Late transition metal recovery from a silver nitrate electrolyte using a phosphine-oxide bearing scavenger†
Silver is one of the eight precious metals, along with gold and the six platinum-group metals (PGM). Most silver is obtained as a by-product of mining and refining of other metals. Fine silver is produced in electrolytic processes, using silver anodes (electrolytic refining) or inert ones (electrowinning) and an acidified silver nitrate electrolyte. Because the standards for refined silver are very high, it is necessary to control the behaviour of the impurities. Depending on the refining process parameters, it is not uncommon to find precious metals, such as palladium, platinum or even gold, dissolved in the electrolyte. In particular, palladium is very challenging because of its standard oxidation–reduction potential similar to the one of silver . The recovery of palladium and platinum from the silver refining processes is important for two reasons: to produce high quality silver and to recover the valuable precious metals. In this work, Pd and to a lesser extent Pt recovery from a silver nitrate effluent was investigated using a phosphine oxide – bearing coordinating resin (MPX-310). Laboratory scale studies, in batch and continuous modes, have shown the ability of MPX-310 to capture Pd and Pt from a matrix highly concentrated in Ag (up to 131 g l−1) and Cu (up to 70 g l−1) from industrial effluents. Moreover, adiabatic calorimetry studies were performed in order to determine the reactivity of the resin in the silver nitrate effluent and the optimal conditions where this resin can be safely used in an industrial process. Pilot scale experiments were done and the results obtained in the laboratory were confirmed.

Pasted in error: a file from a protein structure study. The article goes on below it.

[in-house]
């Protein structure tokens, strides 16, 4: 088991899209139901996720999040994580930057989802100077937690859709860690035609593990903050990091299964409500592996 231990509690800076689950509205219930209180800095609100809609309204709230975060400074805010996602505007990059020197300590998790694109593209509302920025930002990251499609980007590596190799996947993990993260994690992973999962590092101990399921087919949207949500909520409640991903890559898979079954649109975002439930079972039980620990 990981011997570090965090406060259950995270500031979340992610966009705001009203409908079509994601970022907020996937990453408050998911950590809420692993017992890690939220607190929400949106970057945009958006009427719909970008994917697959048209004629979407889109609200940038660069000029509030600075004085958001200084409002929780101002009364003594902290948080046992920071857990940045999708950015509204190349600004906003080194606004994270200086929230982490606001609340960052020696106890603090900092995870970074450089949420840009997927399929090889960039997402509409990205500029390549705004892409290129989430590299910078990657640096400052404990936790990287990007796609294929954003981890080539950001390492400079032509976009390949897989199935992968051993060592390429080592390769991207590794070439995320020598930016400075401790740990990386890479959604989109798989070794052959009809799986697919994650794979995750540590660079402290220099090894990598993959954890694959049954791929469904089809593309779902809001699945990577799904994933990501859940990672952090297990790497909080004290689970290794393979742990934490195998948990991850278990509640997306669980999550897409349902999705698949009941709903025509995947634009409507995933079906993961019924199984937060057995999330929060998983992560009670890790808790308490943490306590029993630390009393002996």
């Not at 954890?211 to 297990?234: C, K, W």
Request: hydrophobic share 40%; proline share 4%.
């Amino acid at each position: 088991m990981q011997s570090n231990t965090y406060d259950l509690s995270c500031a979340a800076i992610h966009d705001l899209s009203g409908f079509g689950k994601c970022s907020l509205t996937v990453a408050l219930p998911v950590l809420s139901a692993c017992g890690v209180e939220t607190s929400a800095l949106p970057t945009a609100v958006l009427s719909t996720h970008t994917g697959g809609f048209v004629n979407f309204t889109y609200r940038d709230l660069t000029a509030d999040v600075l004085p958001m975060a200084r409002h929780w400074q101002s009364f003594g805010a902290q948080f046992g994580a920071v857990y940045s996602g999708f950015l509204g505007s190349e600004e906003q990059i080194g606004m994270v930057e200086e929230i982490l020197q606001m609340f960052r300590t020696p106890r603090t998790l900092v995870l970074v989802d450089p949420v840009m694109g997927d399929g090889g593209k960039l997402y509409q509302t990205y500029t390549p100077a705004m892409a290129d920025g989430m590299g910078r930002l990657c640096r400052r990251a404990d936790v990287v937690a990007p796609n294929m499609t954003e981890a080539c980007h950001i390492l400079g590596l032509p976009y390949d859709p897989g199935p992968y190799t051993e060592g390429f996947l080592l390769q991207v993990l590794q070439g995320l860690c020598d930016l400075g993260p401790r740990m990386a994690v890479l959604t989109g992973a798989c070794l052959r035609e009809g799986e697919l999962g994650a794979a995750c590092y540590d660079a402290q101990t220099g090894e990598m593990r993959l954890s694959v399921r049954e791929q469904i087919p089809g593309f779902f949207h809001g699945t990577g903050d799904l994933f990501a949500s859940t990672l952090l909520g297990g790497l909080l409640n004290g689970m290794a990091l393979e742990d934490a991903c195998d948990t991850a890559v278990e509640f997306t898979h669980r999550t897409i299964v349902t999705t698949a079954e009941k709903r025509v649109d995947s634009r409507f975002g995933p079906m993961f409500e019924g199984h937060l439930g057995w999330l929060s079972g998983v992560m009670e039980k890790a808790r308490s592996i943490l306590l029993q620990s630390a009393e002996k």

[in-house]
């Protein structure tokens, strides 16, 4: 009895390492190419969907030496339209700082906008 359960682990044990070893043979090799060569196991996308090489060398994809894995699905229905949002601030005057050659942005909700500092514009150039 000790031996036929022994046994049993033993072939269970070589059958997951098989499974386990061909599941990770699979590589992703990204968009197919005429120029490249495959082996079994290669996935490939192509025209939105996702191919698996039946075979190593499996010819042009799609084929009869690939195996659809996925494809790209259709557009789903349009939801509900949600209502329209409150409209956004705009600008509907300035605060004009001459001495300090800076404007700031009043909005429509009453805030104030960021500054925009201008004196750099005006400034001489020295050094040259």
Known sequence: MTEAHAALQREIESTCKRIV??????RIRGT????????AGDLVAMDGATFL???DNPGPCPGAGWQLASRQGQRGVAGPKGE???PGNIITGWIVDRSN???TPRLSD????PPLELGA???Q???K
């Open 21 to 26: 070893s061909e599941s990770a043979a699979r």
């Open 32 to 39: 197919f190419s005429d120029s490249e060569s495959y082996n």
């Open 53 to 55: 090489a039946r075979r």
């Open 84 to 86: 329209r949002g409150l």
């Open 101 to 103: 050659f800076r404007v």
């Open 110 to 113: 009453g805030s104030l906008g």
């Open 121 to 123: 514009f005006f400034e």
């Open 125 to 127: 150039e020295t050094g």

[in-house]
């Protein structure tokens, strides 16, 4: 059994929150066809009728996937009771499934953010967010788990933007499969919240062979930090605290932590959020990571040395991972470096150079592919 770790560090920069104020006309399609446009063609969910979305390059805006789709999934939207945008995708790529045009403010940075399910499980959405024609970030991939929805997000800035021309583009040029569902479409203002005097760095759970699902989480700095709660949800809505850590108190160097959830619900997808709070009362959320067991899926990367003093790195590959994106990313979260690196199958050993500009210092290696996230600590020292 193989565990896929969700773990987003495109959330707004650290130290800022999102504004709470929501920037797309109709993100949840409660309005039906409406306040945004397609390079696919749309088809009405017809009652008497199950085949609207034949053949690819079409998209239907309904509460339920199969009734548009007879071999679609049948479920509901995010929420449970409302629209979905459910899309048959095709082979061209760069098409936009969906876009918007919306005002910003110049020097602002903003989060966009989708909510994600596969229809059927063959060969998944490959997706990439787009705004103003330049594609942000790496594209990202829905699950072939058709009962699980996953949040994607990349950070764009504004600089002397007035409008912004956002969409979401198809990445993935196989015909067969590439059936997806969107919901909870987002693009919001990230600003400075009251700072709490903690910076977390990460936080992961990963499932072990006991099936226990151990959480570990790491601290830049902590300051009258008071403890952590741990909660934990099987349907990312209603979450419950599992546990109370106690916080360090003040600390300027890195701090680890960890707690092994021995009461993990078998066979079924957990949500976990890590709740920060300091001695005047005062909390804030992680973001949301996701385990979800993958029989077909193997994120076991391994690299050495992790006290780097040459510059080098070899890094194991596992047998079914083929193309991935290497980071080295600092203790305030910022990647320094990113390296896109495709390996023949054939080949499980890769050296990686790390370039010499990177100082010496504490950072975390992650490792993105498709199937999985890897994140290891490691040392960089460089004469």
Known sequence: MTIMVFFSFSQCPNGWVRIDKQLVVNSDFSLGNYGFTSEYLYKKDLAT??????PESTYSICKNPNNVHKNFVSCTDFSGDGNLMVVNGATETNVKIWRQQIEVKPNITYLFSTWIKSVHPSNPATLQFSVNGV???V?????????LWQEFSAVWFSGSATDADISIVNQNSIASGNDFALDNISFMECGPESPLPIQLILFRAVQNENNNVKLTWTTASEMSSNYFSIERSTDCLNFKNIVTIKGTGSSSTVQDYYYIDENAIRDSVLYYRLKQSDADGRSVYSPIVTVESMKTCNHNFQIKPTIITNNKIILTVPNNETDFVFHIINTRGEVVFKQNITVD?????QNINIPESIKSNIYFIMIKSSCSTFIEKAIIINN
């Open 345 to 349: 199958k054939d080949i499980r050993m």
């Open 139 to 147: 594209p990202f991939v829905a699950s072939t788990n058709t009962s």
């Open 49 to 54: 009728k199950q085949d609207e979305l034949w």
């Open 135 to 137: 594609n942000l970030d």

- This article is part of the themed collection: Equilibrium Solution Coordination Chemistry